Italy's extra virgin olive oil isn't always so virgin, or so Italian

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This story is based on a radio interview. Listen to the full interview.

Audio Transcript:

Carol Hills: It's good for your health, and the best chefs wouldn't be caught without it. I'm talking about Extra Virgin Olive Oil, and Americans love the stuff. But are we getting the real stuff? A graphic piece in the New York Times this week suggests not. It focused on extra virgin olive oil from Italy, much of which is said to be neither purely extra virgin, nor purely from Italy.
Tom Mueller has researched this extensively. He's author of "Extra Virginity: The Sublime and Scandalous World of Olive Oil.”

Tom Mueller: A lot of my book celebrates what's great about Italian oil and the amazing variety of 500 different olive types, thousands of years of tradition. Now, there are people who are uncomfortable about the fact that I have called out some of the fraudsters in Italy and named names, but frankly, they are part of the reason why something like the New York Times infrographic could happen in the first place. The few bad apples that sour the market for everyone, and drive the price down, are the reason that consumers in America are uncertain about certain types of olive oil.

Hills: Give us an example of some bad extra virgin olive oil.

Mueller: When a bottle says "packed in Italy" or "bottled in Italy," quite often if you read the fine print on the back, you'll see that it was actually from one of the following twelve Mediterranean countries. Tunisia, Spain, Morocco, and so forth. That's widespread, and unfortunately it does tend to sort of tug down the overall reputation of Italian olive oil, the good stuff. One of the biggest frauds these days is what's called deodorized oil. It's actually made from oils, but from terribly olives, rotten olives. The oil itself is inedible, but with a very gentle refining process that leaves very few chemicals tracks, it's possible to produce a neutral oil, flavorless and colorless, that can then be mixed with a little of the real stuff and sold as extra virgin. This is the biggest fraud today. Deodorized oil is something that is found in many low-grade supermarket oils around the world.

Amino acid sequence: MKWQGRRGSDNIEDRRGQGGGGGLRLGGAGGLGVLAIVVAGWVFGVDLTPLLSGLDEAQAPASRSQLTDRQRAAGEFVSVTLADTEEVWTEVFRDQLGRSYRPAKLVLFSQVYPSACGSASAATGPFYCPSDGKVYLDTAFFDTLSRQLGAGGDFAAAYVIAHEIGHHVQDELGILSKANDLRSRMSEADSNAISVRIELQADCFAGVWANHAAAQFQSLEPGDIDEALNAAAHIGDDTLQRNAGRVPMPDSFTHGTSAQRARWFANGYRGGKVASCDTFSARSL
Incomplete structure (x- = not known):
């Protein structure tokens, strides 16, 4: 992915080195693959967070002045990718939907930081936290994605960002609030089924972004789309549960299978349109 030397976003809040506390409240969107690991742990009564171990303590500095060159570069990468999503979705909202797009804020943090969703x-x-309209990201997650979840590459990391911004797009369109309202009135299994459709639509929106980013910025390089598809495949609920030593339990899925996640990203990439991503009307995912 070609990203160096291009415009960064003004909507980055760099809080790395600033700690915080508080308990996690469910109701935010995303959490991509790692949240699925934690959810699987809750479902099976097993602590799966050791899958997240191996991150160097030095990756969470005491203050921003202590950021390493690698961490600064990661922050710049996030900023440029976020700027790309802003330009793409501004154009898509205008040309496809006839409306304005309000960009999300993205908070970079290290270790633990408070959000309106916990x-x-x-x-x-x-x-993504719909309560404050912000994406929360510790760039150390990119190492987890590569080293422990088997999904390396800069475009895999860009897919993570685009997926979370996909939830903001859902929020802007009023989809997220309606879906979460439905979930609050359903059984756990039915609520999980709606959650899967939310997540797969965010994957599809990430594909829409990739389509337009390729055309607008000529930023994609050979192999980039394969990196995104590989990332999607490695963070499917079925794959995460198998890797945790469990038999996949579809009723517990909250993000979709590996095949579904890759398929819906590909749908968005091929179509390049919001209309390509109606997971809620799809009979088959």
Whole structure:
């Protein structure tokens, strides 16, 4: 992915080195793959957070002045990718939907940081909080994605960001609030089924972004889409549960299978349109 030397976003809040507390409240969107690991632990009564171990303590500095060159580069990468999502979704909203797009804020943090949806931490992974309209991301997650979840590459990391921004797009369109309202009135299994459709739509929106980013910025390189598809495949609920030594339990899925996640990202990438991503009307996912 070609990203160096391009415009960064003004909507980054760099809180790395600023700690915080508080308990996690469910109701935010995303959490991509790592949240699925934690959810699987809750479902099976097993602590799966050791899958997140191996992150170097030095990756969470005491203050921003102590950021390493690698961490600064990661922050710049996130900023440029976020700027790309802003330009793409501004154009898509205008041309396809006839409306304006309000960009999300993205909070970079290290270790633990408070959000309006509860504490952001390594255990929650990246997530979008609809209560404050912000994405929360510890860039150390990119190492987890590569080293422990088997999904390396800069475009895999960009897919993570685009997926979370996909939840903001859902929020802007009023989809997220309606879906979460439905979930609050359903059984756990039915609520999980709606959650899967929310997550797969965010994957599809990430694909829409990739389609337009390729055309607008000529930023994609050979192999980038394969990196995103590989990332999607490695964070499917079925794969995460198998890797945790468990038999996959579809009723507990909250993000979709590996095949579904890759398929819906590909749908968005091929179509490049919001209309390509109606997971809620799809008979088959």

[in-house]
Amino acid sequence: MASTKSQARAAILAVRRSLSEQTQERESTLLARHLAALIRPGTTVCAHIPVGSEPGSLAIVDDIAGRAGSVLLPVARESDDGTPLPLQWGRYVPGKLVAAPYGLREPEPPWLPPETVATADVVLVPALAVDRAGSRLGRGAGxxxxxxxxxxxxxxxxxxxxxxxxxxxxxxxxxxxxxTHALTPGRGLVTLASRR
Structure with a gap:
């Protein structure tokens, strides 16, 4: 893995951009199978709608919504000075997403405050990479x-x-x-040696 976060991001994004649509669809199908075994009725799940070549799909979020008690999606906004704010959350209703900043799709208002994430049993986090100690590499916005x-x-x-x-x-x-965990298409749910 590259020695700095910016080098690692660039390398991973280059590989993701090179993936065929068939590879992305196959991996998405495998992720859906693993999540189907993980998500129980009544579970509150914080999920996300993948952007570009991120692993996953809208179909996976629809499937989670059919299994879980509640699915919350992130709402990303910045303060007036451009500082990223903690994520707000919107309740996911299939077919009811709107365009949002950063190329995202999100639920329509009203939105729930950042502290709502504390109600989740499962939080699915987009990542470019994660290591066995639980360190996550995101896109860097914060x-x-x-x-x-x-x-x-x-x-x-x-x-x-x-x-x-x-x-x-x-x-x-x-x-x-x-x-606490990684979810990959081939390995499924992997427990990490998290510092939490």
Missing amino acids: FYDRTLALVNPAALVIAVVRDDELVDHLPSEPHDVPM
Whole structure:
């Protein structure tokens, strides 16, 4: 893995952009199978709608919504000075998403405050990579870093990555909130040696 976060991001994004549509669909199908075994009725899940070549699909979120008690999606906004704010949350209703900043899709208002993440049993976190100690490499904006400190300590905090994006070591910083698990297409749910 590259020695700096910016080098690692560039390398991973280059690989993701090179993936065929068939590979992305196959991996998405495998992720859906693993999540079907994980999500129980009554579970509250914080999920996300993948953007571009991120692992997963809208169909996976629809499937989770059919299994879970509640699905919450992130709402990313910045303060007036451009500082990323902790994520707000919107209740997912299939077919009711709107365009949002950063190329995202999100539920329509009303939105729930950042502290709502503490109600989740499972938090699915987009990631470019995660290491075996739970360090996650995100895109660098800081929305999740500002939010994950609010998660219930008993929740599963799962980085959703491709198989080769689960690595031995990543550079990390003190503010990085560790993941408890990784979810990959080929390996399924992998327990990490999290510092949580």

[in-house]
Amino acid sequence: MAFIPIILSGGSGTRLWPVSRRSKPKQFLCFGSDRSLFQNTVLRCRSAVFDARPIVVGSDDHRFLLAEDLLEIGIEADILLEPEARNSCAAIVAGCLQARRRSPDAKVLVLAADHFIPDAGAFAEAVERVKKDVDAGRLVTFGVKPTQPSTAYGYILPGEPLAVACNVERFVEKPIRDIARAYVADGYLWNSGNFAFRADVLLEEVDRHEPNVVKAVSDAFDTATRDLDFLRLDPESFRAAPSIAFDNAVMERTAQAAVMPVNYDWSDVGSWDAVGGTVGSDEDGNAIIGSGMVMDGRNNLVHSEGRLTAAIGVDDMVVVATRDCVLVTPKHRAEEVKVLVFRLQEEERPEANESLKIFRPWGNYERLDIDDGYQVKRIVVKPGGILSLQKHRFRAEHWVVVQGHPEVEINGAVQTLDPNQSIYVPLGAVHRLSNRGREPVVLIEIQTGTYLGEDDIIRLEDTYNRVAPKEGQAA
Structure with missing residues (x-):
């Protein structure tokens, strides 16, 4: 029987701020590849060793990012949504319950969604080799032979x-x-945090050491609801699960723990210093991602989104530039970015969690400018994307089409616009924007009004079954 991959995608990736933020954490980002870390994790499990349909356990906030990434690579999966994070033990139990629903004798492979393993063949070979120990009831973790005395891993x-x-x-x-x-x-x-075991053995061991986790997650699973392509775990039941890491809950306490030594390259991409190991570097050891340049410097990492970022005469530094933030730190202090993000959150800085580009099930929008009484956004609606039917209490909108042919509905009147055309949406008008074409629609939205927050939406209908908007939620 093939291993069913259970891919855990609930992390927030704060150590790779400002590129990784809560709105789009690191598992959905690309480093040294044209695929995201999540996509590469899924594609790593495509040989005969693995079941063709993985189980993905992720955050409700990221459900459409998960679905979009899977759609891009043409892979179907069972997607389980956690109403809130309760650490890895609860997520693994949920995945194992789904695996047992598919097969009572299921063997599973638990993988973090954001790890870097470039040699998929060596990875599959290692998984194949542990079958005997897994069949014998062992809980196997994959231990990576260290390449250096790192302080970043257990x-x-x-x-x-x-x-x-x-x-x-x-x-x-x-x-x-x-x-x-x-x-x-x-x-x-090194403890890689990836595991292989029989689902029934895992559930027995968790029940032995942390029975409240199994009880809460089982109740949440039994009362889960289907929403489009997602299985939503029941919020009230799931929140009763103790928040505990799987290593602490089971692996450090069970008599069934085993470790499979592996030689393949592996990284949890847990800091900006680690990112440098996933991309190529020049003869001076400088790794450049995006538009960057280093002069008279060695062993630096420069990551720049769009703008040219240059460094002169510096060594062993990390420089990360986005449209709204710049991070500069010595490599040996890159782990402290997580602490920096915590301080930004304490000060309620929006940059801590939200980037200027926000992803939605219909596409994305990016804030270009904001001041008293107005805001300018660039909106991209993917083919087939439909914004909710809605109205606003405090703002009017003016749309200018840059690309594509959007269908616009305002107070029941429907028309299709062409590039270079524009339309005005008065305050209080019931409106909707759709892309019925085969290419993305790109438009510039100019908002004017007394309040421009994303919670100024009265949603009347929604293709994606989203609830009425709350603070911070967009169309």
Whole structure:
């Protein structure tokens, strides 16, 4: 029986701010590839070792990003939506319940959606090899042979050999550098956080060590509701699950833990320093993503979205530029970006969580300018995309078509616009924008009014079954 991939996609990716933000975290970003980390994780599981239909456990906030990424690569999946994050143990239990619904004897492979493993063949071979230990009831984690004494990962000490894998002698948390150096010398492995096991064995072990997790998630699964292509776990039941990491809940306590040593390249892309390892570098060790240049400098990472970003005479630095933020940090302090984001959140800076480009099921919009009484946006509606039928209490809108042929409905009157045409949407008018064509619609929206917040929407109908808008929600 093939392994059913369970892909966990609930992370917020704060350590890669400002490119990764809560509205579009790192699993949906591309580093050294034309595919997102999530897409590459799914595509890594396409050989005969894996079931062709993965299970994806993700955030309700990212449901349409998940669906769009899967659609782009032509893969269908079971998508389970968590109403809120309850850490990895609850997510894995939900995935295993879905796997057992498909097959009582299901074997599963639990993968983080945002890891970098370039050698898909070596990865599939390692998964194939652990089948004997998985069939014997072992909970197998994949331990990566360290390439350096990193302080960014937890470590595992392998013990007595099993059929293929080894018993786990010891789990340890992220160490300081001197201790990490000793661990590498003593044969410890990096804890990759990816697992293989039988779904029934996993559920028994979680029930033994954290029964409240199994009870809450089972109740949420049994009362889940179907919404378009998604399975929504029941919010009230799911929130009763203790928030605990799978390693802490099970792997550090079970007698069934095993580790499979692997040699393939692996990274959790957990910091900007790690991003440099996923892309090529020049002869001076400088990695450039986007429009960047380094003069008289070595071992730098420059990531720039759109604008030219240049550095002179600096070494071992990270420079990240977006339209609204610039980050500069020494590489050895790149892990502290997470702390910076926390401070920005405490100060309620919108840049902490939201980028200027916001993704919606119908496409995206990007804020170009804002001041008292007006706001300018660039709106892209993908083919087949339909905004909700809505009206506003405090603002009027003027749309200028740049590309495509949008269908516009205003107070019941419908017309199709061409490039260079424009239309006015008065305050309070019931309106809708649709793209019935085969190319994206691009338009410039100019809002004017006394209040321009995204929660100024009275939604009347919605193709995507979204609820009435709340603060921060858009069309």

Hills: Who's doing the deodorizing of the oil?

Mueller: The people who are doing the deodorizing start with very, very low-grade olive oil to begin with. Some of the sources of really low grade oil are southern Spain and southern Italy, but it can happen all around the Mediterranean, North Africa as well. I've seen mills where there was a deodorizing column on the end of the mill, and that is, you know, sort of a dead giveaway as to what's going on here. But the deodorizing process is manifold. There are many different ways to deodorize olive oil. And the problem with these high tech techniques is that quite often, the robbers are two or three steps ahead of the cops in terms of the techniques used, and the tests that are available to law enforcers to find them.

Hills: Can you give us your worst and best experience with extra virgin olive oil?

Mueller: My best experience is following a producer in Apulia, from the trees where I got a story of each of the trees and a part of the family lore that's connected with each of the trees, to the mill where the olives were crushed, and there's an incredible scent in the air and an incredible brilliant green color of the oil coming out the seperator. And then sitting down with that family and having a meal with that olive oil. There's something kind of complete about that experience, and there's something authentic and real about how they care about this stuff. I mean, they care about it as much as they care about their kids, in some cases.
The worst experience that I've had, frankly, is a supermarket, and many supermarkets around the world. Where you walk in and see this impenetrable barrier of bottles that are impossible to understand where the oil came from, who made it. They have been so removed from that context that I loved down in Apulia, that you really don't understand the provenance of this food. And sure enough, the quality is abysmal. You know, it's rancid, it's something you wouldn't want to get near your food. And the sad part is that that dumbed down oil is killing the authentic oil, because they have the same label. They all say extra virgin, and therefore the consumer naturally reaches for the stuff that costs less.

Hills: Tom Mueller, all-round olive oil expert, and author of "Extra Virginity." Thanks so much, Tom.

Mueller: Thank you, Carol.